Simnikiwe Hlatshaneni
Premium Journalist
5 minute read
14 Oct 2017
6:30 am

Refilwe on being an ‘Oprah Girl’: It was overwhelming at times

Simnikiwe Hlatshaneni

Her father and thousands of other miners lived in constant fear during a protracted strike which eventually ended in 34 lives being lost in August 2012.

Refilwe Digoamaje via Instagram.

It’s not everyday you meet a 23-year-old woman from Mafikeng who owns shares in a Radisson Blu Hotel development, is working on her second degree while also earning a living full-time and is simultaneously trying to bring about a quality of life revolution for others.

Refilwe Digoamaje was in the first class of girls that had been selected to attend The Oprah Winfrey Leadership Academy for Girls in 2007.

She and many like herself who had since graduated from the academy, are now on track to fulfill the academy’s mission of creating leaders out of young, disadvantaged girls.

In her matric year her father was a miner on the restive platinum belt of mines and living in Rustenburg. He and thousands of other miners lived in constant fear during a protracted strike which eventually ended in 34 lives being lost in August 2012.

Her father survived and Refilwe’s dream of taking her parents out of their poverty lives on. This is her story.

“Growing up on the dusty streets of Mafikeng, with my mother [being] a cleaner, and my father a migrant worker on the mines, I honestly had no idea who Oprah Winfrey was [that] day [when] I was told I had a chance to attend her academy,” says Refilwe.

“While I did not understand the magnitude of the name ‘Oprah Winfrey’, I was, nevertheless, excited because I had always wanted to go to boarding school,” she says.

“I believed boarding schools were where smart students went. My parents could not afford to take me to one, so this was finally my opportunity to go where I felt I could fit in.

“My little 12-year-old self sat outside a makeshift waiting room at St Johns College in Johannesburg, as girl after girl went in [to be interviewed] and came out shrieking with excitement.

“When my turn came, there she [Oprah] was, with Gayle King, and there were cameras everywhere. It was crazy and frightening. I was so scared and had all these mixed emotions,” Refilwe recalls.

At the academy they lived out the principles of Ubuntu, says Refilwe: service to the community; integrity; honesty; “these were part of our grooming”, Refilwe recalls.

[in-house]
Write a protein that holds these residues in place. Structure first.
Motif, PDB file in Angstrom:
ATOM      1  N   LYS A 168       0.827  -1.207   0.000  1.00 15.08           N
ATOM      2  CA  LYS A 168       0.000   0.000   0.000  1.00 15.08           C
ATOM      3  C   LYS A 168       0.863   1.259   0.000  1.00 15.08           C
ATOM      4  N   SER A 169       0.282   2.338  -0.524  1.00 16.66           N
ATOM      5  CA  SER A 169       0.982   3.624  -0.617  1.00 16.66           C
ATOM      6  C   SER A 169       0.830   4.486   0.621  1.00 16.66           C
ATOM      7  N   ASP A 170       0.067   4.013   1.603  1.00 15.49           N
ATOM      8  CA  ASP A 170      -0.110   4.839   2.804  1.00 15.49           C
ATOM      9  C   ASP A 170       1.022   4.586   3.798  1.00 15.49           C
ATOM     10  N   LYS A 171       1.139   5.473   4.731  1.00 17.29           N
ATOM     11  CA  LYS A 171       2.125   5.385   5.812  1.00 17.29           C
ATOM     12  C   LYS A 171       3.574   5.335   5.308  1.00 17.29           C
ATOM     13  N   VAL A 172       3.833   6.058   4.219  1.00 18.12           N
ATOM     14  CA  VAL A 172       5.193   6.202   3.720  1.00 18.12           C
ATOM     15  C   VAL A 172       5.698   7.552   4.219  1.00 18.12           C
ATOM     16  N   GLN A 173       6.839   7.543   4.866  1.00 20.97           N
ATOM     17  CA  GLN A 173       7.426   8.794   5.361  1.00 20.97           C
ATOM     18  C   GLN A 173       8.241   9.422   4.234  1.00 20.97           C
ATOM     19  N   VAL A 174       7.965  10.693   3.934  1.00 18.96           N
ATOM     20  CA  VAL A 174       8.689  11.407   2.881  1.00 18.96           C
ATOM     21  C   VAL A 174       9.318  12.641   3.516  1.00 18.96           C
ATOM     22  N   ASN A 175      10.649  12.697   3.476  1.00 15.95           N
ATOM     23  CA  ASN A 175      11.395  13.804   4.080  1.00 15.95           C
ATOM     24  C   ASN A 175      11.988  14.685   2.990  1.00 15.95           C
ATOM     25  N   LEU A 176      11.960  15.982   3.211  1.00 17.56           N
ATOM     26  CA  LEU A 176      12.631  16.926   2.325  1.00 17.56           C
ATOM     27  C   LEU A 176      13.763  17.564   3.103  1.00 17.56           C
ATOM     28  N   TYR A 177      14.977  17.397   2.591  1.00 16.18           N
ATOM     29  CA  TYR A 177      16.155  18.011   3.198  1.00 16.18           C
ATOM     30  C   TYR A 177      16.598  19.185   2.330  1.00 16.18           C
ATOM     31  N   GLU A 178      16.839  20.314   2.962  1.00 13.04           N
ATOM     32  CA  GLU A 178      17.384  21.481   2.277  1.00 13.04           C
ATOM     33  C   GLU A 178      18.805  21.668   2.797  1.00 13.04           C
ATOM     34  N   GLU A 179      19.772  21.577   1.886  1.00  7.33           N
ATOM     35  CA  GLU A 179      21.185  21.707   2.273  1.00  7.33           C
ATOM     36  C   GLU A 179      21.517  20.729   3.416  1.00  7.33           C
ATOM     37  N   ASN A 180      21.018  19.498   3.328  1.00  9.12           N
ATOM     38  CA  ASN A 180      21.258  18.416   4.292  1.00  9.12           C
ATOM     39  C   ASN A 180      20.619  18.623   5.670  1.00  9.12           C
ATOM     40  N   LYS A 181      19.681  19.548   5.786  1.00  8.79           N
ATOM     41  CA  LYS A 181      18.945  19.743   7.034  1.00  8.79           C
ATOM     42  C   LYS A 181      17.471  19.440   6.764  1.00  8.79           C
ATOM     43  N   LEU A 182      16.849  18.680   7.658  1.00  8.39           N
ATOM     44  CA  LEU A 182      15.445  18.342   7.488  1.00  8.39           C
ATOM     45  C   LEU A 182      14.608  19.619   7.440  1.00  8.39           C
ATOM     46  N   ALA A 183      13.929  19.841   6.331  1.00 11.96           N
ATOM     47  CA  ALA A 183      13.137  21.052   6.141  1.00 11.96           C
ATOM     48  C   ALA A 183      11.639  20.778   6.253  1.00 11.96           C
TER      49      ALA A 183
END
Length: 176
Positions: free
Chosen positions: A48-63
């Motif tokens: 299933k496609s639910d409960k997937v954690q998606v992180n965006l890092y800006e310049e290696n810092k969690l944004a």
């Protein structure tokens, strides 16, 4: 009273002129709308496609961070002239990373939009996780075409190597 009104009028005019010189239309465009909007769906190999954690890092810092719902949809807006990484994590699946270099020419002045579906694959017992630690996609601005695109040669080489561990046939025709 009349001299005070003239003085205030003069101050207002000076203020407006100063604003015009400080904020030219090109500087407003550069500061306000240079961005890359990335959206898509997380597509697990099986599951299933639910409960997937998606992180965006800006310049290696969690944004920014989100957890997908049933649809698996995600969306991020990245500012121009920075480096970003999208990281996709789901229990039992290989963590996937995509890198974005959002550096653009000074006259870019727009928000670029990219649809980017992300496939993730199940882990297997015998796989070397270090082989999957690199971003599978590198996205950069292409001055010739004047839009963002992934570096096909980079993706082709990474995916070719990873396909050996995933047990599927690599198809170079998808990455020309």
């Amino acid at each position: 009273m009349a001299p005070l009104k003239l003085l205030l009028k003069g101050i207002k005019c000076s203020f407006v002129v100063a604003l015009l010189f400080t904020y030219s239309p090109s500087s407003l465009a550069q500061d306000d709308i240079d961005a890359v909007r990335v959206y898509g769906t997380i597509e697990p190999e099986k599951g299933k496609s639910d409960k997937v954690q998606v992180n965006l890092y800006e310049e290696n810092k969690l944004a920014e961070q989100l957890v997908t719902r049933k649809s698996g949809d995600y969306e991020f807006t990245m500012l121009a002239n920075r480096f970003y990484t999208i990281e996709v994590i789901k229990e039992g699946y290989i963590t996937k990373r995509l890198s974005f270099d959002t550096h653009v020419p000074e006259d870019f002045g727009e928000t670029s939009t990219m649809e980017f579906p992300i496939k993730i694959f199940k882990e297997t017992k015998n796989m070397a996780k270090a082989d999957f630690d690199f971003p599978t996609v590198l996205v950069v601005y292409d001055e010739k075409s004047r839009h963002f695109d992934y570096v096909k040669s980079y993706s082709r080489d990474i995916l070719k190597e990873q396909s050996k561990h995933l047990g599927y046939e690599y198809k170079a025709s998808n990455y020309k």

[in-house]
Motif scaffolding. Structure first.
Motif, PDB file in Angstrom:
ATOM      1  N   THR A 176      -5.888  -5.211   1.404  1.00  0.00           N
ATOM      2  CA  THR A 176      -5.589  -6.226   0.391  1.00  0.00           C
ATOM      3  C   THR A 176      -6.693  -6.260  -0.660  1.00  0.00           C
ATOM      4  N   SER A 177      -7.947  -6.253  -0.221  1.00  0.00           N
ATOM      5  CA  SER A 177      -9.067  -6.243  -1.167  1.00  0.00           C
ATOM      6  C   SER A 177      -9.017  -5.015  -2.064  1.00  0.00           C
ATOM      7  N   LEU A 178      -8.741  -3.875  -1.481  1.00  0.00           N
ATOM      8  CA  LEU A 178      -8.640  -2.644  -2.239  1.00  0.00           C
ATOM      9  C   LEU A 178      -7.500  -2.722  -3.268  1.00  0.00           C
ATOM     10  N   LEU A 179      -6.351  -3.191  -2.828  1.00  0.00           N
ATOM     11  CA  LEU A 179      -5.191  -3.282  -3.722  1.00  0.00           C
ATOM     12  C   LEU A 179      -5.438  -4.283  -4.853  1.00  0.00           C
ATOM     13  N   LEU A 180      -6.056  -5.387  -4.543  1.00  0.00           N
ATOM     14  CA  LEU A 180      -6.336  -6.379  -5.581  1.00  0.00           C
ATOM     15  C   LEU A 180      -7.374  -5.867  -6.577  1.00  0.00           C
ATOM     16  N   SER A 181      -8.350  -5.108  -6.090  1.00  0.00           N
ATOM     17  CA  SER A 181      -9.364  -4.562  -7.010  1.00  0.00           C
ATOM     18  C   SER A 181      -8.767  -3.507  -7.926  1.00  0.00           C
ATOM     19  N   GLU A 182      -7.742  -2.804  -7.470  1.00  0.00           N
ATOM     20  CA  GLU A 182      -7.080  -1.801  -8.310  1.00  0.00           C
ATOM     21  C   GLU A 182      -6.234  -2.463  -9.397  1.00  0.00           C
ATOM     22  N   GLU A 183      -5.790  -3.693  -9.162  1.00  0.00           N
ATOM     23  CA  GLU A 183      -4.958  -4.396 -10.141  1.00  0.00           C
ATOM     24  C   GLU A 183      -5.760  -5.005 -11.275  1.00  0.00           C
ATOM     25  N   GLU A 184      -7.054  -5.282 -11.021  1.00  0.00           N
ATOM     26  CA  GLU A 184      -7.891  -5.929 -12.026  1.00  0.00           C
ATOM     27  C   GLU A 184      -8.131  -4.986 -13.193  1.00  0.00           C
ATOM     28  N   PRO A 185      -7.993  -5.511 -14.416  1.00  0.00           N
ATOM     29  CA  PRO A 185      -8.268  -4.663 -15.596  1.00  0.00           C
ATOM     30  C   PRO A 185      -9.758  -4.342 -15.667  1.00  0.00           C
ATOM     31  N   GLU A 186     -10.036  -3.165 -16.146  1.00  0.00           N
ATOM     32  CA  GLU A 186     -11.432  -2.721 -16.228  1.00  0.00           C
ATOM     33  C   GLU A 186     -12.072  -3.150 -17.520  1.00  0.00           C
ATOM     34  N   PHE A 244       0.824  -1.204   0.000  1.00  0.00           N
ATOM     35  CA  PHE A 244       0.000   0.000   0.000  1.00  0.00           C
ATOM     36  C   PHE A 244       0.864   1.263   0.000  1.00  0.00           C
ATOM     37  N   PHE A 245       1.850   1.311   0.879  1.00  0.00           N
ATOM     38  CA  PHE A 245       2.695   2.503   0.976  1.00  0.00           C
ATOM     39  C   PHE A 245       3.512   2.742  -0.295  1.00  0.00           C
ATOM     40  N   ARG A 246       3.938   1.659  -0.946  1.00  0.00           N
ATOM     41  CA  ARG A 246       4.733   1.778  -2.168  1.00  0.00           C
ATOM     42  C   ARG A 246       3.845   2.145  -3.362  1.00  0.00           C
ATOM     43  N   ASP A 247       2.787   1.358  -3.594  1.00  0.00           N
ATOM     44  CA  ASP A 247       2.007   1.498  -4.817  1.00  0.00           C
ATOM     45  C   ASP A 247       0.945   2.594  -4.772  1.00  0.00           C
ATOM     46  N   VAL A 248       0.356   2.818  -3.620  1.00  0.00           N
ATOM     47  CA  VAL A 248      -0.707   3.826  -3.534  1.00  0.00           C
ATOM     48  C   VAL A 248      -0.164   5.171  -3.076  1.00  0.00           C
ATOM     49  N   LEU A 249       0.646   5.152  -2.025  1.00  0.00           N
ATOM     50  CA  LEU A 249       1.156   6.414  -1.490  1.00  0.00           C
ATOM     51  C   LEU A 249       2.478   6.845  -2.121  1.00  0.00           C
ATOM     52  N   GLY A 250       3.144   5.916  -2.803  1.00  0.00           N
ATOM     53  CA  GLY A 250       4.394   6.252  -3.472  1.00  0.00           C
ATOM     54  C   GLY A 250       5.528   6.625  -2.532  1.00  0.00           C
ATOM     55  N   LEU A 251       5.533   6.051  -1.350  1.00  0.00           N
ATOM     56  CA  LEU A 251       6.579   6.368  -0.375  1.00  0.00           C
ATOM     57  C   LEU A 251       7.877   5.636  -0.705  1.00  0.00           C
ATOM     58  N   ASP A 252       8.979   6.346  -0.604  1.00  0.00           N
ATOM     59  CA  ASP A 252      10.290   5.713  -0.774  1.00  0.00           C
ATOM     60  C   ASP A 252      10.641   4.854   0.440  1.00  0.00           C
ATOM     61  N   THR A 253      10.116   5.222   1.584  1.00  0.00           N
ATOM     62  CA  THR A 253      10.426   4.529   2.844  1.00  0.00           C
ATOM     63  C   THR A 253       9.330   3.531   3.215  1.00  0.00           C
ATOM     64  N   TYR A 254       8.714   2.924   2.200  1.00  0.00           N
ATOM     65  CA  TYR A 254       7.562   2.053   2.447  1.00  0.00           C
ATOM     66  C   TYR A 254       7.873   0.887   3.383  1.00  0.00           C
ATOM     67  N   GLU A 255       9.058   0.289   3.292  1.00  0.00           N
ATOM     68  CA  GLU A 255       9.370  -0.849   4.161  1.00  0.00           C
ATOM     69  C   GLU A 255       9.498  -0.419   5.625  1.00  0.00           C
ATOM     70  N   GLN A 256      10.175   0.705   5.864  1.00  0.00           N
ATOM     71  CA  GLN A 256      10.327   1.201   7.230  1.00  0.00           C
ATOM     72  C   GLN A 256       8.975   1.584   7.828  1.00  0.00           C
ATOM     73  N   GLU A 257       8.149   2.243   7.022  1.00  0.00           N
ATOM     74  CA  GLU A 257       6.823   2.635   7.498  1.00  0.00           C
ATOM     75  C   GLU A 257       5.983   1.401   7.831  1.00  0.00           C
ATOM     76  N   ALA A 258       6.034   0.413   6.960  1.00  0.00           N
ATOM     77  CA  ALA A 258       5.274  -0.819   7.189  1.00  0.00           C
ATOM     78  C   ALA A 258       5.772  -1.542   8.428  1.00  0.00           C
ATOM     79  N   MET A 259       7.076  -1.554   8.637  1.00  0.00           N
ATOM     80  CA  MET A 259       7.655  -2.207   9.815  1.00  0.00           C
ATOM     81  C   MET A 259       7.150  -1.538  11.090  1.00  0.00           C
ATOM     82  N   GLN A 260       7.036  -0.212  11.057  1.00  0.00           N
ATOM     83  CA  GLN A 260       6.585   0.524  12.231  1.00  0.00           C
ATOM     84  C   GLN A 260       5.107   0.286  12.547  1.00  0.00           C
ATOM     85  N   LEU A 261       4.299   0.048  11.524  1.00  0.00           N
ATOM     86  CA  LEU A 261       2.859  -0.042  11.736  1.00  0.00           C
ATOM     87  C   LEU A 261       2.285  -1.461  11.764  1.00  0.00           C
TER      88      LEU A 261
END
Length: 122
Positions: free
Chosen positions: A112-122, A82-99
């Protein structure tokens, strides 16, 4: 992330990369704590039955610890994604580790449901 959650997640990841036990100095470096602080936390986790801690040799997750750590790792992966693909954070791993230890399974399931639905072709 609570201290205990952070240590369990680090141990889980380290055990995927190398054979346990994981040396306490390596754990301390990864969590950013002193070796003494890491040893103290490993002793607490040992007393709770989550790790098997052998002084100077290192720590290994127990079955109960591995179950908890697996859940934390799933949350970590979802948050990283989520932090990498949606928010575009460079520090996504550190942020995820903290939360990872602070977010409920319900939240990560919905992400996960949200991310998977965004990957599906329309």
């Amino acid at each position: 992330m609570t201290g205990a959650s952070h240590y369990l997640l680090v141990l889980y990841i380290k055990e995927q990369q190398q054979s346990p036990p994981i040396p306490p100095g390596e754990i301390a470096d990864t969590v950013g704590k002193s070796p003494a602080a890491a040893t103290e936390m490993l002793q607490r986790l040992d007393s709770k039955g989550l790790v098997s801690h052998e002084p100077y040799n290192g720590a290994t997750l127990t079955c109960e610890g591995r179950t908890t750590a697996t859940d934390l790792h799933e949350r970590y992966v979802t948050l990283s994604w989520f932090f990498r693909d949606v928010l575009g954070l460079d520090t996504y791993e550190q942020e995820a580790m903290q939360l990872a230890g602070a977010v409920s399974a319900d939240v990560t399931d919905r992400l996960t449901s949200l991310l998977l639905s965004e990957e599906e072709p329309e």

“Those were the values that were instilled in me. Even now, I still live by those principles. When we got into our rooms, we had these notes stuck to the wall signed by Nelson Mandela, reminding us that we were there to be future leaders. We also had one [note]by [the first black Academy Award-winning actor] Sydney Poitier.”

Poitier’s note said that “we would one day sit at tables where decisions about the world were [being] made”. “One of the hardest parts was the feeling that I was living two different realities,” Refilwe remembers.

“You had the academy where everything was basically perfect, [except for] the pressure of being an ‘Oprah Girl’. It was overwhelming at times.

“You’d think about what’s going on at home and begin to lose track of what you’re supposed to be focused on.

“The whole Marikana thing happened when I was in matric. I was preparing for my finals and preliminaries were coming up. And here comes this thing, and I have to think about what’s happening at home with my dad.

“It can really break you at some point, but for me, I had to remind myself that I wasn’t just there for myself. I was doing this for my family.

“I came home one day in February 2012, to find the whole township was on fire. Everything was up in smoke; there was looting and chaos and I couldn’t just go home. I had to get searched by the military. This was in the months leading up to Marikana.

“I knew if I could succeed at the academy, it would be good, not just for me but for my family as well. I’m very glad I had that mindset, because it was all about where I am going [to be] in the future, where I can provide for my family.

“What most people don’t understand about the academy is just because you get in, doesn’t mean you’re going to graduate. It’s a school of excellence. Some people were not able to make it all the way through.

“Mom is a cleaner for a chemical company. I don’t like her doing that job and that’s why I work so hard, so she can stop working. She wants to be a caterer and start her own company, so I promised her I would help her.

“While I have ambitions to climb the corporate ladder in the hospitality industry, I also have a mission to empower other girls the way I have been empowered,” she says.

“Today I am part of an initiative in partnership with an American organisation called A Place of Hope. A ‘sister’ of mine from the academy, Mpumi Noviva, who was an Aids orphan, started a foundation in a bid to help women and girls affected by domestic abuse, violence and HIV/Aids.

“We are in the process of raising $100 000, which Oprah has promised to match, to help girls in our Share Your Story campaign.

“Mpumi started the campaign after the horrific crimes against young women in Gauteng earlier this year and was inspired by the Karabo Mokeona tragedy.

“I once told Oprah I want to be a scientist to help find a cure for HIV/Aids. I may not be a scientist, but here I am, helping those affected by the disease.”

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